Northam brought together state officials, religious, social and student leaders to what is typically a briefing on the status of pandemic control efforts to talk about the fallout from last week’s killing of Floyd by a Minneapolis police officer, the shooting of Brionna Taylor in her bed during a no-knock warrant raid by Louisville, Kentucky, police and the shooting of Ahmaud Arbery by two former police officers in Georgia.
“Our country is in a moment of turmoil and we need to talk about it,” Northam said. “The protests we have been seeing are for them because of a system that continues to allow this to happen.”
Northam said that racism in Virginia follows a 400-year line from when black slaves were brought to the colony, through the Jim Crow era of racial discrimination and suppression, to the Massive Resistance closing of Virginia schools against desegregation and to police violence against blacks today.
“But what I can do is stand with you,” Northam said, “and I can support you, and together we are going to turn this pain into action.”
Northam said racism has affected black Virginians in several ways including less access to health care, higher mortality rates for mothers and newborn children, lower educational achievement and discrimination in court and law enforcement.
Northam said his administration will work on racial inequality and injustice issues through four specific actions: listening and learning from black Virginians through virtual town halls and other means; meeting with the Virginia Association of Chiefs of Police to make police departments aware of the importance of the issue; organizing a statewide day of prayer, healing and action; and examining the Code of Virginia for racist provisions with a focus on criminal justice and public safety.
Northam also spoke to protesters who have organized demonstrations in Norfolk, Richmond, Roanoke and other cities and towns across the state.
“I hear you,” Northam said. “I’m here to work with you so that together we can help build a place where no one fears for their life because of the color of their skin. I pledge to stand with you.”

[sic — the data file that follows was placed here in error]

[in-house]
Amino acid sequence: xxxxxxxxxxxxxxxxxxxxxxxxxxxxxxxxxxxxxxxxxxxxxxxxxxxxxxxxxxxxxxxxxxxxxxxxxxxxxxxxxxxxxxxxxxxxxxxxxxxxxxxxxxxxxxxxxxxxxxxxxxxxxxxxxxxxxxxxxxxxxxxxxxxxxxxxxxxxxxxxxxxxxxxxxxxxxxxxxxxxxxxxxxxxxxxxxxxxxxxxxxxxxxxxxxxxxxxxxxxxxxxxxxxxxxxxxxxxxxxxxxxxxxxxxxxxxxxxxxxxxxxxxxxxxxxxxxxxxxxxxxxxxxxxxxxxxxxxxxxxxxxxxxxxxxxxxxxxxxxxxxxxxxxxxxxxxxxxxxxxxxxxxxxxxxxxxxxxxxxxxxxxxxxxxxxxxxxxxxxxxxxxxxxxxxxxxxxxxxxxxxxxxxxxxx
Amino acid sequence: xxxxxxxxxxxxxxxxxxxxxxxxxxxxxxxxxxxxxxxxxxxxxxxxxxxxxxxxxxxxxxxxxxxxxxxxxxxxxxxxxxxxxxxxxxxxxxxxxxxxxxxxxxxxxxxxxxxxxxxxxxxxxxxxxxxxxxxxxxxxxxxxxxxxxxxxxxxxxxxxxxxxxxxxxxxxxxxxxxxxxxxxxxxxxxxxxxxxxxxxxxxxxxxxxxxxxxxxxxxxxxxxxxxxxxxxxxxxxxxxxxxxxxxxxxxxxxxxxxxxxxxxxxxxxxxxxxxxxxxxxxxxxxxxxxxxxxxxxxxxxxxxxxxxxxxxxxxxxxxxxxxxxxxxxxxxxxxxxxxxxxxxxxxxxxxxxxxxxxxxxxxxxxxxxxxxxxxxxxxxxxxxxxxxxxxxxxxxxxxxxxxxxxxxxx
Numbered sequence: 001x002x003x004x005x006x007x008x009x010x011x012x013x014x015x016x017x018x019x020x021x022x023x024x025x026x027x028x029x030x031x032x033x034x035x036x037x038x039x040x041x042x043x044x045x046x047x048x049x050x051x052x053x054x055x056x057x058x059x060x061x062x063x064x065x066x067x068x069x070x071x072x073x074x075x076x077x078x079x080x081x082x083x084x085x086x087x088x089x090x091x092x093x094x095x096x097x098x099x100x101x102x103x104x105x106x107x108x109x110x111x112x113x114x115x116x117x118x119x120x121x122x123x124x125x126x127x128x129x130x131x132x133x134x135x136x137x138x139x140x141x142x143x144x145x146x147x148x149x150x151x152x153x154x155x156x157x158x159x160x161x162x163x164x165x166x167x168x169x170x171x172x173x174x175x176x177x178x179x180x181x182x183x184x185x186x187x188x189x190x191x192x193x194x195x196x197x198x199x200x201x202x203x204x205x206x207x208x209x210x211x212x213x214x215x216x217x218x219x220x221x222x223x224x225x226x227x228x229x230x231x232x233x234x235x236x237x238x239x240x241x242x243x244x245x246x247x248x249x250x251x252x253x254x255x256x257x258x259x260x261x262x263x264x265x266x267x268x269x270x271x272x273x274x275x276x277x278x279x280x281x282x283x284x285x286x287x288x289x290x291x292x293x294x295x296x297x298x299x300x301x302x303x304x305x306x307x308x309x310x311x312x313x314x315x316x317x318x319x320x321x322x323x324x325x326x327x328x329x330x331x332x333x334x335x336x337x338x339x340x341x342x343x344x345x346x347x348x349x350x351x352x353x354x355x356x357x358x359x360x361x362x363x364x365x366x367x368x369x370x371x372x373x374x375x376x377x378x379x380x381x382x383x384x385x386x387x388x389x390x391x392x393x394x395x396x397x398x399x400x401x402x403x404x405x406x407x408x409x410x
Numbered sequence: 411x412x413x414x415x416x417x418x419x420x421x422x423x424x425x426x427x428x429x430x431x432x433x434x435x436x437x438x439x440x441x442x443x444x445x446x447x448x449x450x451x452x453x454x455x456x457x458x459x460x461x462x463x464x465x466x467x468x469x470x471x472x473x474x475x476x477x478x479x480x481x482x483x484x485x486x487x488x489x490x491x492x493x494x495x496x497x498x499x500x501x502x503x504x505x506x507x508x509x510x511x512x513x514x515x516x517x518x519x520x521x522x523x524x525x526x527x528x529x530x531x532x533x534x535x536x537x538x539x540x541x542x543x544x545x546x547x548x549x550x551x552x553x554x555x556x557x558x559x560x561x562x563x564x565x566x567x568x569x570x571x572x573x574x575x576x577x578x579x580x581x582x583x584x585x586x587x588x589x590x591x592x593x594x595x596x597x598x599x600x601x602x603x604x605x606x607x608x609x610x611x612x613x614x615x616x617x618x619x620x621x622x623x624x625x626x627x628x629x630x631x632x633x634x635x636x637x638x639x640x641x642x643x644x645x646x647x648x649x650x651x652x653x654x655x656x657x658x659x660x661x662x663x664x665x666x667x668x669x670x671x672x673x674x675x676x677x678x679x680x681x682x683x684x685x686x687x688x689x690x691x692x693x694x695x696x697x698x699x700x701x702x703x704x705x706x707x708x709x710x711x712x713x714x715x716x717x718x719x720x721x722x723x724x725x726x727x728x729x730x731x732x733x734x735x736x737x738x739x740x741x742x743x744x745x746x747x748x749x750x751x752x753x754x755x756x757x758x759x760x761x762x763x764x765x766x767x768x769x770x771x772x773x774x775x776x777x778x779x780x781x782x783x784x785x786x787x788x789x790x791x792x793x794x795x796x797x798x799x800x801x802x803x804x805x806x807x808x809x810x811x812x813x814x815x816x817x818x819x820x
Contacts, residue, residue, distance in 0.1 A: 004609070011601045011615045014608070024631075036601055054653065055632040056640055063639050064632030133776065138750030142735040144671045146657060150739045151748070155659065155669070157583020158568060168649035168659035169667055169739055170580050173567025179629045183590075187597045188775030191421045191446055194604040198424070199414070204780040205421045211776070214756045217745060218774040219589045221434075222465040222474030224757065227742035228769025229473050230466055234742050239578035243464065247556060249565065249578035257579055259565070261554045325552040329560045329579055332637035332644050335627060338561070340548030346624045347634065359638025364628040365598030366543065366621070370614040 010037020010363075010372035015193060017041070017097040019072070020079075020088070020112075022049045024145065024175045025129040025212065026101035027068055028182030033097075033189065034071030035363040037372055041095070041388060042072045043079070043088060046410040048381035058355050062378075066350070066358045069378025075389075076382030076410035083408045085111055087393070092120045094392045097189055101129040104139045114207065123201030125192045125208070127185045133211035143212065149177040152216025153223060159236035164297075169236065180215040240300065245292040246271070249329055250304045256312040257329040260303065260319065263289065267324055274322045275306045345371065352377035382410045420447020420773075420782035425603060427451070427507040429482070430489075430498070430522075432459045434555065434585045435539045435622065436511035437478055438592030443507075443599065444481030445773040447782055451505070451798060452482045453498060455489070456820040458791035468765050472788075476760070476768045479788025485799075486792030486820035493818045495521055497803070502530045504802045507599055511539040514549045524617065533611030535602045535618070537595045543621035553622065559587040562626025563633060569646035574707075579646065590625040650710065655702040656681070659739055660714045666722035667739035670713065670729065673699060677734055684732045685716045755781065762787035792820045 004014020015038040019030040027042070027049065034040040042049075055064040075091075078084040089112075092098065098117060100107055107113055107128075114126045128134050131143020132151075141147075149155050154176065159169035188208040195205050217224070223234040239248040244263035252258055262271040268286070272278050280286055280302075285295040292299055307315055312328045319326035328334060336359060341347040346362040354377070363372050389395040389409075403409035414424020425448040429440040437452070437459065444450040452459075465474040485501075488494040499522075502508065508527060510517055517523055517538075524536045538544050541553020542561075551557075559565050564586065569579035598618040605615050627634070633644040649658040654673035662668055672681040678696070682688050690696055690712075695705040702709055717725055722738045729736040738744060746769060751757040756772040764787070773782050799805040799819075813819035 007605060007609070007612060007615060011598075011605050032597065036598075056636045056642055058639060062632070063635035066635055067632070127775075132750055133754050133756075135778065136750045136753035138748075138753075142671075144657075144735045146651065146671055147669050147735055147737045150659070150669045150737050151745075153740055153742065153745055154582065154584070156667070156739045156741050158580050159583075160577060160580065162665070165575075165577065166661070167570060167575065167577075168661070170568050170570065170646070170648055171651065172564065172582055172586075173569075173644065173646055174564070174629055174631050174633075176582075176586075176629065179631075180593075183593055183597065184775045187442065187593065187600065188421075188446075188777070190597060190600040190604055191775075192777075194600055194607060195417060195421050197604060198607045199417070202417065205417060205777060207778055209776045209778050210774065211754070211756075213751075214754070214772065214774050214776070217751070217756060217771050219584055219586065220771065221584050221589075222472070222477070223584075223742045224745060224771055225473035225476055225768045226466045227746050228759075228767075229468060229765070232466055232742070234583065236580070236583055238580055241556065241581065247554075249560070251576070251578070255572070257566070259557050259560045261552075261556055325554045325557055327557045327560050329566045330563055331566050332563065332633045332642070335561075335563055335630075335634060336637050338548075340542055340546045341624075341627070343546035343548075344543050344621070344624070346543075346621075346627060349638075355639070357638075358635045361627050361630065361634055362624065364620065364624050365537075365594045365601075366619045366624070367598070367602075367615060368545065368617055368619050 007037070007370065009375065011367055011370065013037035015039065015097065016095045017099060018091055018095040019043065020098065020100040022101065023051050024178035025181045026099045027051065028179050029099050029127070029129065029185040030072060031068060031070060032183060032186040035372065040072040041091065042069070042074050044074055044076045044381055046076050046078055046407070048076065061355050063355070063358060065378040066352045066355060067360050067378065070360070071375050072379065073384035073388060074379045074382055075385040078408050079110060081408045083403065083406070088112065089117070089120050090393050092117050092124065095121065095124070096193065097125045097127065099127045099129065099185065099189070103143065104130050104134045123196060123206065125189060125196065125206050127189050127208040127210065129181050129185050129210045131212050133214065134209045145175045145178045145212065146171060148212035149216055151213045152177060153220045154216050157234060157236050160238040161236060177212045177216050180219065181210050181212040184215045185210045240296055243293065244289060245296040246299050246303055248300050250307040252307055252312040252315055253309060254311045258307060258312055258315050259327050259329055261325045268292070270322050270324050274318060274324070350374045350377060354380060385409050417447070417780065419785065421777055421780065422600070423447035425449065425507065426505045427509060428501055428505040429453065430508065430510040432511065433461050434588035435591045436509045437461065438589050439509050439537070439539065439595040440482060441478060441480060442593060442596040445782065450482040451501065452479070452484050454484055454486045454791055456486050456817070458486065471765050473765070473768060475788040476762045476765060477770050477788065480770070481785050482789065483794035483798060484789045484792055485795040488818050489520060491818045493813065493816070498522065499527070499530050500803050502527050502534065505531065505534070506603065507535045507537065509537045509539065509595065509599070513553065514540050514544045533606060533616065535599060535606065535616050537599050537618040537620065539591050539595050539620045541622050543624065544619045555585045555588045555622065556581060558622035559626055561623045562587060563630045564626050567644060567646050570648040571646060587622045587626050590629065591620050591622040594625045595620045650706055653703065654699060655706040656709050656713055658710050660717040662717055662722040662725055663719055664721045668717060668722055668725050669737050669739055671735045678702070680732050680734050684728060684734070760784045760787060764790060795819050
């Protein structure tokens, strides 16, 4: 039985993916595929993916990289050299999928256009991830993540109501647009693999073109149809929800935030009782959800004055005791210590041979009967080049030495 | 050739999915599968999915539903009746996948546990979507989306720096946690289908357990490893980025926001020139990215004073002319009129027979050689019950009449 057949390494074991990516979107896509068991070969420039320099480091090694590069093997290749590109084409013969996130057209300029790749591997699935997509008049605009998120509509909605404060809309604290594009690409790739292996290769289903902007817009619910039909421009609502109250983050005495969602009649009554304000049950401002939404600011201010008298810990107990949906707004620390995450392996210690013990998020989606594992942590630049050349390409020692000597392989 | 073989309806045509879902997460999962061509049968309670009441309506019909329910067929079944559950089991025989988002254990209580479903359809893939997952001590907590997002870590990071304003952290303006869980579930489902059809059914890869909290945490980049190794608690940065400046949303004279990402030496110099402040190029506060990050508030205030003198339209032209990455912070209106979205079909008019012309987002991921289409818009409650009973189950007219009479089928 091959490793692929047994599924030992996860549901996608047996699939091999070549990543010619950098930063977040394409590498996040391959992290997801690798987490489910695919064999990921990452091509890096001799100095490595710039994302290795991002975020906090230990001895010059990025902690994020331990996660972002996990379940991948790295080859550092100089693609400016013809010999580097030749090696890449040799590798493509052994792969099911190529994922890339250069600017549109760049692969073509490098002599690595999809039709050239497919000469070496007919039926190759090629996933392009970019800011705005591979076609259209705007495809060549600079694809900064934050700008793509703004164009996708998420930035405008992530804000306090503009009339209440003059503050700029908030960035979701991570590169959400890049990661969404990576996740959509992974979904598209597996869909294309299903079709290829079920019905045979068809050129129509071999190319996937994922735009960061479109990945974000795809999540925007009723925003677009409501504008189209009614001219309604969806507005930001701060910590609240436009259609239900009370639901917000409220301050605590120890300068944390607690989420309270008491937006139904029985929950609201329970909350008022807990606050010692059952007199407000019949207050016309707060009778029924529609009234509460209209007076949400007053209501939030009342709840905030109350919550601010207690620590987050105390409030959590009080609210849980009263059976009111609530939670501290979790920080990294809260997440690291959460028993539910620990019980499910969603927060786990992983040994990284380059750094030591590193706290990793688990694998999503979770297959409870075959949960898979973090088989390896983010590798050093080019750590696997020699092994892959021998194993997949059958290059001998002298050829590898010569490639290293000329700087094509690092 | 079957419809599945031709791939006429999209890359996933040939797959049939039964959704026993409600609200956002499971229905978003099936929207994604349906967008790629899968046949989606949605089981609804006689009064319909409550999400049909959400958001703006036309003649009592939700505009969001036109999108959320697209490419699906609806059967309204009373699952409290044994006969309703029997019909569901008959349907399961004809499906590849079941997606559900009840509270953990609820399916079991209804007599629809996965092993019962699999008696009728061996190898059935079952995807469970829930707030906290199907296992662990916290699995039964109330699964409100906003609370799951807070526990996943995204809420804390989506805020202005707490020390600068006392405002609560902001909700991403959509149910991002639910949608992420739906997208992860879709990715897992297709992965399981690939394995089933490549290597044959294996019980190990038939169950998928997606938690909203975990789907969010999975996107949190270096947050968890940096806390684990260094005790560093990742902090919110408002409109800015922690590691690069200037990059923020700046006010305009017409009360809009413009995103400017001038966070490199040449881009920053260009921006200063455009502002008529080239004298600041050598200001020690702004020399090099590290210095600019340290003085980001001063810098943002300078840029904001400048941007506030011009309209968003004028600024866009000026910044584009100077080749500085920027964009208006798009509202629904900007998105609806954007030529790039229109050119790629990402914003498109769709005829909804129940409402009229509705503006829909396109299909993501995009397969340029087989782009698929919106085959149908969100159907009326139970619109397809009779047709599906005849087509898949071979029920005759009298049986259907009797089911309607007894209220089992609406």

Delegate Delores McQuinn, D-Richmond, spoke of when her 6-year-old granddaughter saw the video clip of Minneapolis police office Derek Chauvin kneeling on Floyd’s neck.
“She said, ‘Whoa, whoa, whoa, mister policeman. That’s just too much,’ ” McQuinn said. “My heart was bruised and broken, and so many people across this country are bruised and broken.”
McQuinn thanked Northam for his leadership in tackling systemic racism in government and society.
Virginia State University political science professor Wes Bellamy said the rioting and violence of recent days are understandable when violence by a “cancerous portion of what is, without a doubt, an otherwise healthy and properly functioning group of police officers who each day risk their lives to serve and protect.”
Bellamy added that some rioters are just opportunistic and their actions are distracting attention from people who have legitimate concerns.
“We need to listen to the young people on the street fighting for justice,” said Northern Virginia community organizer Shirley Ginwright. “To my white brothers and sisters, don’t stand behind us. Stand with us. To my black brothers and sisters, let your voice be heard through your vote.”
Tyrone Nelson, pastor of Sixth Mount Zion Baptist Church in Richmond, said his anger and frustration as a black man conflict with his sense of responsibility as an elected city official.
“Be angry,” Nelson said. “Make your anger into righteous indignation and then let’s take advantage of this moment we have and do something. … Let’s stop empowering people to murder black people.”
Cynthia Hudson, a member of the state NAACP, thanked Northam for his efforts and pointed to comments from national NAACP President Derrick Johnson.
“(Johnson) has said very succinctly, and it sums it up for me, ‘We are done dying,’ ” Hudson said. “I’m a little done talking and I’m ready to act.”
State Director of Diversity, Equity and Inclusion Janice Underwood pointed to the Northam administration’s and Democratic state legislators’ efforts to improve voter access for all Virginians by making Election Day a state holiday and criminal justice reforms that affect blacks and minorities.
Underwood said the events of recent days may be the first time that many children are “seeing painful things.”
“Helping our children, our friends and neighbors requires a commitment to leaning, and I mean leaning, into our discomfort and privilege,” Underwood said.